Mortgage rates have stalled and stammered, an odd result given that they were expected to be far higher by now. In fact, as of late May, it's not unfair to wonder if rates might actually slip back into the 3 percent range.
Go back to last year and the general predictions were that mortgage rates in 2014 would hit 5 percent and go up from there.
"Mortgage interest rates," said the National Association of Realtors in November, "are expected to trend upward and reach 5.4 by the end of next year.
“We expect mortgage rates will increase above five percent in 2014 and then increase further to 5.5 percent by the end of 2015," said the Mortgage Bankers Association back in October.
Indeed, the MBA is sticking with its forecast. As of May 19th it suggests that rates will hit 4.5 percent in the second quarter, 4.9 percent in the third quarter and 5 percent by the end of the year. The prediction for 2015 has been revised downward with mortgage rates reaching 5.3 percent by mid-year.
However, if we turn from our tea leaves for a minute what's actually happening is different.
The Cash Surplus
It turns out that the world is awash in money. The biggest problem faced by banks today -- at least that we know of -- is that vaults are too small. Maury Harris, managing director and chief U.S. economist at UBS, says banks have more than $2 trillion in "excess" cash.
The vast stockpile of cash held by lenders accounts for a very interesting problem, especially if you're a borrower. It's tough to raise rates when so many lenders in so many places must do something with their cash. The competition to lend money is enormous, not only because lenders have vast sums of unused capital but also because lending activity is in the dumper.
According to the MBA, financing to buy homes is expected to pick up this year by 3.8 percent. That's a pretty tepid result but compared to refinancing it's an absolute gold rush.
Why? Refinancing activity, said the mortgage bankers in January, is expected to fall around 60 percent this year.
A lot of cash is one reason mortgage rates are down, less demand for financing is another. The result, as Freddie Mac said last week, is that mortgages are near seven-month lows.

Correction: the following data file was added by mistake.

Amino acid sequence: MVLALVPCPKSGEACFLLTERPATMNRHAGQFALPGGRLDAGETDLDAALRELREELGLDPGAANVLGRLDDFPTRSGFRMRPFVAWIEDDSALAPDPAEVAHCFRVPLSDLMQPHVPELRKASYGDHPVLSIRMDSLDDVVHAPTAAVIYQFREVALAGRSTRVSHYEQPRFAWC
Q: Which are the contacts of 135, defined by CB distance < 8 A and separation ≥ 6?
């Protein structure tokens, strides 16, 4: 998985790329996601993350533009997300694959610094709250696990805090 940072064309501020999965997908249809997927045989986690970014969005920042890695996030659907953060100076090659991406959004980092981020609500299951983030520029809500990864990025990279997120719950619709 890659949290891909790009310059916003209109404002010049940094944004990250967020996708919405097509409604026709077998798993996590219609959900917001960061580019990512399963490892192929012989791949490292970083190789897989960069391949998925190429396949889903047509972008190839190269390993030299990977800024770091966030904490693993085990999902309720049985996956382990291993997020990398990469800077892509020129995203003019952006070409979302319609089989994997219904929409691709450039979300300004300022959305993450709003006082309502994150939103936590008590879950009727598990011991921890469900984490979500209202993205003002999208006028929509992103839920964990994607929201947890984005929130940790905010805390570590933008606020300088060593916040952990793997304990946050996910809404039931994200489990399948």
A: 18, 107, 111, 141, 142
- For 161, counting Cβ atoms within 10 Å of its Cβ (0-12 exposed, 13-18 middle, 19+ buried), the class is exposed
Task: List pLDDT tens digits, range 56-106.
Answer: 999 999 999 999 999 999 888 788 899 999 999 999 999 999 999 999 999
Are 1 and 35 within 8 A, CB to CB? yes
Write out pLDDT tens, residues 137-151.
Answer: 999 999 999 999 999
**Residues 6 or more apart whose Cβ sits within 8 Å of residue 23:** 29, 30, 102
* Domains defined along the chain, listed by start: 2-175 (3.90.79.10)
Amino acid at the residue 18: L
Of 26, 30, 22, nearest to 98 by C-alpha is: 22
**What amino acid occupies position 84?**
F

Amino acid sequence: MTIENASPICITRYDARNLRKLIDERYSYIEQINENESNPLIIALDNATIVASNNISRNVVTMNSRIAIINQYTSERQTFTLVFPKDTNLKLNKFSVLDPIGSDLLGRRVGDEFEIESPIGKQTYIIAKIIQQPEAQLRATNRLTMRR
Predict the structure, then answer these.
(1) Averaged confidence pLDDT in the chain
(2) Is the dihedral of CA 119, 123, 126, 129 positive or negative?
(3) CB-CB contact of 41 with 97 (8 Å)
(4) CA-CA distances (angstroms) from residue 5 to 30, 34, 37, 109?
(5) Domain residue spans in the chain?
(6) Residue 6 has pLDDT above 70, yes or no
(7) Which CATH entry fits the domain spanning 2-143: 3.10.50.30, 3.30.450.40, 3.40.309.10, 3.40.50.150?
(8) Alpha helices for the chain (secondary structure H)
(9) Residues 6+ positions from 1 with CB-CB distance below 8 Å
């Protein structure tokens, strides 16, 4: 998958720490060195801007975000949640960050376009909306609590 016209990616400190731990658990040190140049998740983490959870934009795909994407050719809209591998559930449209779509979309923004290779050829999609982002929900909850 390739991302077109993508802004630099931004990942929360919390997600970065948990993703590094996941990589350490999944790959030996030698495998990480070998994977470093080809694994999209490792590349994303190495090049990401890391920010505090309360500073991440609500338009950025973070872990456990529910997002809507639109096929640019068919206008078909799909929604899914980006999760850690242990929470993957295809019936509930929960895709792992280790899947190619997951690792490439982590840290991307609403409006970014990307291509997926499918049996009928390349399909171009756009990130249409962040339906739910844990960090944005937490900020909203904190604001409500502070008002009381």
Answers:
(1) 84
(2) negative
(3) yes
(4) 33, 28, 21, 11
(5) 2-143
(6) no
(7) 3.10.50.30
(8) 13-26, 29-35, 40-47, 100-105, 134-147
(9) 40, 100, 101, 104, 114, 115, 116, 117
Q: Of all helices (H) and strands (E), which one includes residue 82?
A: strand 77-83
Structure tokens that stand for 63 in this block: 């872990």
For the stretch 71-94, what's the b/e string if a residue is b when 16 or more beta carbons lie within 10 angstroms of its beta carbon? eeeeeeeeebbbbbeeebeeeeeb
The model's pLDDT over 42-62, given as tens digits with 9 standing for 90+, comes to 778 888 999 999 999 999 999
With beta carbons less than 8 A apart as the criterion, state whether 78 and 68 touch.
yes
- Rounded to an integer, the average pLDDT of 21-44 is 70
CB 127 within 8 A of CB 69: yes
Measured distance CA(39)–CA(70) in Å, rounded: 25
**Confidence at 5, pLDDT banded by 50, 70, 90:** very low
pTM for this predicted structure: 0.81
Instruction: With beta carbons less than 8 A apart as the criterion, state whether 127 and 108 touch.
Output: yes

Could Mortgage Rates Actually Fall Below Four Percent?
There's nothing mystical about four percent, it's just a marker that's easy for humans to track, so yes if rates continue on their merry retreat we could dip below four percent. Here's why:
Lenders produce loans in the same way that butchers produce sausage, they grind them out. Lenders have fixed costs so when they churn out a lot of loans the cost per mortgage goes down and lenders make good money. When volumes fall then fixed costs per loan increase and lender profits decline.
For instance, in the first quarter the Federal Deposit Insurance Corporation (FDIC) reports that "income from the sale, securitization and servicing of mortgages was $4.0 billion (53.6 percent) lower than a year ago. One- to four-family residential real estate loans originated and intended for sale were $323.6 billion (70.6 percent) lower than in the first quarter of 2013."
Lenders are thus caught in a difficult squeeze. On one side loan volumes are down so profits have declined -- the Mortgage Bankers Association says "independent mortgage banks and mortgage subsidiaries of chartered banks made an average profit of $1,242 on each loan they originated in 2013, down from $2,199 per loan in 2012."
Seen another way, the FDIC says that in the first quarter "mortgage originations have fallen sharply, and mortgage revenue has declined by almost one-half."
On the other side mortgage rates are falling, meaning that lenders have to fight to get what business is out there and competition also pushes down margins. The result? Less employment in the mortgage field and maybe fewer lenders willing to make home loans.
"As mortgage and trading activity slows," says The Wall Street Journal, "banks are likely to accelerate programs to slash expenses further after laying off thousands who specialized in home loans in the past year."
What's worse for lenders than less mortgage volume and smaller profits? Idle capital. Capital sitting in a vault loses value as buying power declines with inflation. Capital sitting in a vault does not earn interest. Given the choice of small profits or outright losses those small profits can seem mighty tempting for lenders, good news for mortgage borrowers looking for low rates and a broad range of financing options.